Japan on Monday started to dump more than 10,000 tons of low-level radioactive water into the Pacific as part of emergency operations to stabilise its crippled Fukushima Daiichi nuclear plant.
The last-resort measure came after the Bank of Japan said business confidence had plummeted since the earthquake and tsunami hit on March 11, plunging the country into its worst crisis since World War II.
The UN atomic watchdog chief Yukiya Amano, meanwhile, said that the three-week-old Fukushima emergency, which Japan has predicted may last for months, meant an end to a "business as usual" approach to nuclear power.
His comments appeared borne out when Japan signalled it may weaken its ambitious greenhouse gas cut targets, which are based on a continued heavy reliance on low-carbon atomic power, in light of the disaster.
Japan has battled to prevent full reactor meltdowns at the tsunami-hit plant and poured thousands of tons of water onto overheating fuel rods, a stop-gap measure that has created highly radioactive run-off.
To free up storage space for that run-off -- which has hampered crucial repair work and leaked into the Pacific -- operator the Tokyo Electric Power Company (TEPCO) said it would have to get rid of less toxic water.
It insisted the release of the water -- the equivalent of more than four Olympic sized swimming pools -- would not harm marine life or seafood safety.
But a TEPCO official fought back tears when he announced the step, saying: "We have already caused such pain and nuisance to local residents. We cannot express how sorry we are to have to impose another burden."
Prime Minister Naoto Kan's top spokesman, Yukio Edano, said in a televised press conference: "We have no choice but to release water tainted with radioactive materials into the ocean as a safety measure."
As a result of the massive water dumping operations, "highly radioactive waste water has accumulated at turbine buildings at Fukushima Daiichi, especially at the reactor unit two," said another TEPCO official.
"There is a need to release already stored water in order to accept the additional waste water" totalling 10,000 tons, as well as 1,500 tons of water from pits under reactor units five and six, he said.
Contamination from the plant has been found in the air, ground, seawater and, at lower concentrations, in regional produce including vegetables, dairy products, beef and, most recently, shiitake mushrooms.
The nuclear emergency -- which has in many ways overshadowed the quake and tsunami that killed 12,020 people and left 15,512 missing -- has also hit the economy hard, sending stocks reeling and hitting manufacturing output.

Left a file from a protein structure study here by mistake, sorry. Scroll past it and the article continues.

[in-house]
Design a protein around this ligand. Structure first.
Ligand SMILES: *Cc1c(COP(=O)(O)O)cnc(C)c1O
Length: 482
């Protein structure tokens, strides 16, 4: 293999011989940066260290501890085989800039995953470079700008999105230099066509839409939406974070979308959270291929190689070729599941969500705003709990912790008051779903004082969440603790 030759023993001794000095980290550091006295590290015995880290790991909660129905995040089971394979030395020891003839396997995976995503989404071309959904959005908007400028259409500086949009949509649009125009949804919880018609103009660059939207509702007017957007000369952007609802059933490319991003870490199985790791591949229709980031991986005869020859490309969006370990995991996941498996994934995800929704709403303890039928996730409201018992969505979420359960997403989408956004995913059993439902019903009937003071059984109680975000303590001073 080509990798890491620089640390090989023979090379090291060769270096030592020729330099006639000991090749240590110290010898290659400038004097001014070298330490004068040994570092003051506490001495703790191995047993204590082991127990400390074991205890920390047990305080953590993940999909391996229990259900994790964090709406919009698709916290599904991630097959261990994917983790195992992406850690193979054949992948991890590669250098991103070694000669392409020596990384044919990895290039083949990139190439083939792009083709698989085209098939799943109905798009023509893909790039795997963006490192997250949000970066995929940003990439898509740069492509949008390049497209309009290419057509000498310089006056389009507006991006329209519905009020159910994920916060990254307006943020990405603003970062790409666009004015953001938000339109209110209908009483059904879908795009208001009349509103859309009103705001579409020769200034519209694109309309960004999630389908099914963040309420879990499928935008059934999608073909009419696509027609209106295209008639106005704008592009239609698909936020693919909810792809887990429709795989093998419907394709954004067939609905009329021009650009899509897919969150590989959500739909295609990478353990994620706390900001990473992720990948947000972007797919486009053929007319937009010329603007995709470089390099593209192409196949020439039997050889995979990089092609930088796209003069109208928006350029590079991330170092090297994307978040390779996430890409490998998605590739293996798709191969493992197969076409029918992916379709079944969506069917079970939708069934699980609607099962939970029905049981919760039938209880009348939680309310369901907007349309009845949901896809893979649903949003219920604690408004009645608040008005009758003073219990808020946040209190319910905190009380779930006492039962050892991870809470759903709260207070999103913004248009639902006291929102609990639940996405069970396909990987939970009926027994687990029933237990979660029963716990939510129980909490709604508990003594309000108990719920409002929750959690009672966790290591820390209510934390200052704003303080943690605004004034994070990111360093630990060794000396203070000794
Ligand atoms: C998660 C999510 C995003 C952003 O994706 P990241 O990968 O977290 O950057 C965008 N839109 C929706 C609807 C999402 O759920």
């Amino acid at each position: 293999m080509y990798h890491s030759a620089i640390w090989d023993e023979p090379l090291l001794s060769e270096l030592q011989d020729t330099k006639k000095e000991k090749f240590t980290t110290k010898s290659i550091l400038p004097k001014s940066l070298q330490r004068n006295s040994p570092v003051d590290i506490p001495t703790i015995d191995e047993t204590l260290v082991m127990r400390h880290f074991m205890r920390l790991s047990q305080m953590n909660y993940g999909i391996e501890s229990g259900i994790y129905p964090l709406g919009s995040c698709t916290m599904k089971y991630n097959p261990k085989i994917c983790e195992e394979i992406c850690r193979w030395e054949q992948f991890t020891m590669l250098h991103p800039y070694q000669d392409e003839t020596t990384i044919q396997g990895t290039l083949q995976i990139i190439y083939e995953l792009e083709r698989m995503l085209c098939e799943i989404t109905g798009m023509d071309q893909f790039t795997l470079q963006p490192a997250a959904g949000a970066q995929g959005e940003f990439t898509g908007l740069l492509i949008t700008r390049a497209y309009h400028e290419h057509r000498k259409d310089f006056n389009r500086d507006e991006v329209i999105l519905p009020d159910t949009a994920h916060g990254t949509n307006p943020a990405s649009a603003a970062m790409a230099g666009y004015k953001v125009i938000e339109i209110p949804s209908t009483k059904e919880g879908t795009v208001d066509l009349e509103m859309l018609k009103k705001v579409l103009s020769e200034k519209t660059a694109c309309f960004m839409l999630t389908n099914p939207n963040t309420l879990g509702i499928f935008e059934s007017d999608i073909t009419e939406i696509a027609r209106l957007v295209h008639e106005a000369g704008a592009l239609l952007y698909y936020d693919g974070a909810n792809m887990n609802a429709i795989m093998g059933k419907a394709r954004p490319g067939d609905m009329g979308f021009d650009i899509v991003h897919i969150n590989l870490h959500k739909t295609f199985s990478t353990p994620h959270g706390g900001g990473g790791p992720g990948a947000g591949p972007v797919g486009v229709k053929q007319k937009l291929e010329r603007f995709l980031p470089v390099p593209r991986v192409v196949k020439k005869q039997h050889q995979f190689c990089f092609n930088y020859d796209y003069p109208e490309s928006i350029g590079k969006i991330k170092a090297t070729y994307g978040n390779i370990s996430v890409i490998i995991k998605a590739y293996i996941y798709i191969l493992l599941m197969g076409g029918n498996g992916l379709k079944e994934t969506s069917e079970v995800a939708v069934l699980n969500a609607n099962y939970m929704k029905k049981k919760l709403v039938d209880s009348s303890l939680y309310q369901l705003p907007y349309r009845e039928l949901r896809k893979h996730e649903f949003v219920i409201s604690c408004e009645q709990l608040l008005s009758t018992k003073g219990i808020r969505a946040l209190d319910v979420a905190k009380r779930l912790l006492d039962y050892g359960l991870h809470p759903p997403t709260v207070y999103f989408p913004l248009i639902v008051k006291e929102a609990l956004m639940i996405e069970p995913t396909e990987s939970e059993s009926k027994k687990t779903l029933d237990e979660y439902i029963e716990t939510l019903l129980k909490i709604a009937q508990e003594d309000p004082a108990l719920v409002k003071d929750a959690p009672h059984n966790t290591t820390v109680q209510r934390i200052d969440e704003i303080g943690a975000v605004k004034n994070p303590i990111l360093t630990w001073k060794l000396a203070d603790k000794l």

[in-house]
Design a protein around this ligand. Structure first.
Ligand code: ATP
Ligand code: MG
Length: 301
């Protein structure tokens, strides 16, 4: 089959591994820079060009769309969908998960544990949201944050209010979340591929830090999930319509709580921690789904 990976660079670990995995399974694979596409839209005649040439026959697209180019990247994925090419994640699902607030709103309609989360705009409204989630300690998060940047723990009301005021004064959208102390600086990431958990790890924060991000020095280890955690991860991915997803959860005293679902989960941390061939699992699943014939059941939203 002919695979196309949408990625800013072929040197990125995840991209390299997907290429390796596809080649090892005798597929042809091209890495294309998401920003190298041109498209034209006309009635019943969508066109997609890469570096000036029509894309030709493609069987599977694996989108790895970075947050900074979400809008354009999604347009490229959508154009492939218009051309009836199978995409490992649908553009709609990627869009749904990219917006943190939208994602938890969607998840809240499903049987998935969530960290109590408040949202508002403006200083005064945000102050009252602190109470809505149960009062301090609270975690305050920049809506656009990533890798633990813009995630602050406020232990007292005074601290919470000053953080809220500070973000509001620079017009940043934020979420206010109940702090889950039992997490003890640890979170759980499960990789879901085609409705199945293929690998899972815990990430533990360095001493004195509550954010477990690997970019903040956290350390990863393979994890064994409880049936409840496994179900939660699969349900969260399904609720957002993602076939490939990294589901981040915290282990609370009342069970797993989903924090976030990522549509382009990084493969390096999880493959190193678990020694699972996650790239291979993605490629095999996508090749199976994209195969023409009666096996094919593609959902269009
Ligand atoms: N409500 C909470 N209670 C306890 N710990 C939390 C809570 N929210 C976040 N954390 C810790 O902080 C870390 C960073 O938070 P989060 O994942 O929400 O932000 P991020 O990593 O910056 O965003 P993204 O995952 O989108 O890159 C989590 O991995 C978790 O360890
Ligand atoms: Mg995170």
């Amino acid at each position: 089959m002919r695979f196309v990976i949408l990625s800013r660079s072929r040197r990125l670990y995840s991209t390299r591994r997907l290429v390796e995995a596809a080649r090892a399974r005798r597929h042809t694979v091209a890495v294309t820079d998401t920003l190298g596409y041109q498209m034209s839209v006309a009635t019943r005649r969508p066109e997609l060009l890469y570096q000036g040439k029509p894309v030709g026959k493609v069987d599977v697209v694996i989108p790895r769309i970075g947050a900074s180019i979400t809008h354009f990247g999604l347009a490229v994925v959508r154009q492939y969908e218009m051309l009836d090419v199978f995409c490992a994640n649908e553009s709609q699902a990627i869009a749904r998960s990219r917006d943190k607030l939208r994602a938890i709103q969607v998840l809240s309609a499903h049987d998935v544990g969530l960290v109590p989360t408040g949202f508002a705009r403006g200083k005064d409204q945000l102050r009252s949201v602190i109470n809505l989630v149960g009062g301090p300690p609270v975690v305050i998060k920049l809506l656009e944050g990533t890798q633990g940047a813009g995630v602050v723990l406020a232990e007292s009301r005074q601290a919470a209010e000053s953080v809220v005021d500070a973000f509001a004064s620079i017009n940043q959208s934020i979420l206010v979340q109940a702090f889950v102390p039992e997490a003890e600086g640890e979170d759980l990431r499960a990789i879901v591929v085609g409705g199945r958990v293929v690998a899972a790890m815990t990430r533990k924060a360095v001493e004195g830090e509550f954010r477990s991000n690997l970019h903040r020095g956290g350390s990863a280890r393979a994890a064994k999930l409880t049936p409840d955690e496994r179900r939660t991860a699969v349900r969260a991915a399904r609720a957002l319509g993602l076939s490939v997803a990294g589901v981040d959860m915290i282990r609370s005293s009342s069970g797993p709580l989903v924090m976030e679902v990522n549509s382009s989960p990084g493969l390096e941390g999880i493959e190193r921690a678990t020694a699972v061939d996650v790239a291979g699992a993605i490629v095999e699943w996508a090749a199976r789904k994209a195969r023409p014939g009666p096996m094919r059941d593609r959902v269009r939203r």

An updated version of the central bank's quarterly Tankan survey -- a key influence on monetary policy -- showed business confidence in the outlook for the next three months had plunged since the disaster.
In Vienna, UN International Atomic Energy Agency chief Amano said the disaster "has enormous implications for nuclear power and confronts all of us with a major challenge."
"The worries of millions of people throughout the world about whether nuclear energy is safe must be taken seriously," Amano said in an opening address to a special conference on nuclear safety.
Amano insisted that the basic drivers behind interest in nuclear power -- global energy demand, concerns about climate change, volatile fossil fuel prices and energy security -- "have not changed as a result of Fukushima."
He said he was "confident that valuable lessons will be learned from the Fukushima Daiichi accident which will result in substantial improvements in nuclear operating safety, regulation and the overall safety culture."
Japan's Edano earlier said that Tokyo's climate goal -- to cut emissions by 25 percent by 2020 from 1990 levels, if other big polluters do the same -- was now open to review along with many other policies.
"Not only the 25 percent reduction target but also many other challenges that Japan is facing now should be examined at one point because many areas have been impacted by the quake disaster," Edano said.
The Yomiuri Shimbun daily reported that the environment ministry's top bureaucrat Hideki Minamikawa had told reporters at UN climate talks in Bangkok that "the reduction goal will be affected a great deal".
Because the carbon cut target was based on plans to build new reactors and to improve old ones, "both the target year and reduction percentage will be reviewed," Minamikawa was quoted as saying.
Resource-poor Japan meets about one third of its energy demand from nuclear energy and relies heavily on Middle Eastern oil, while its companies are leaders in energy efficiency and green technologies.
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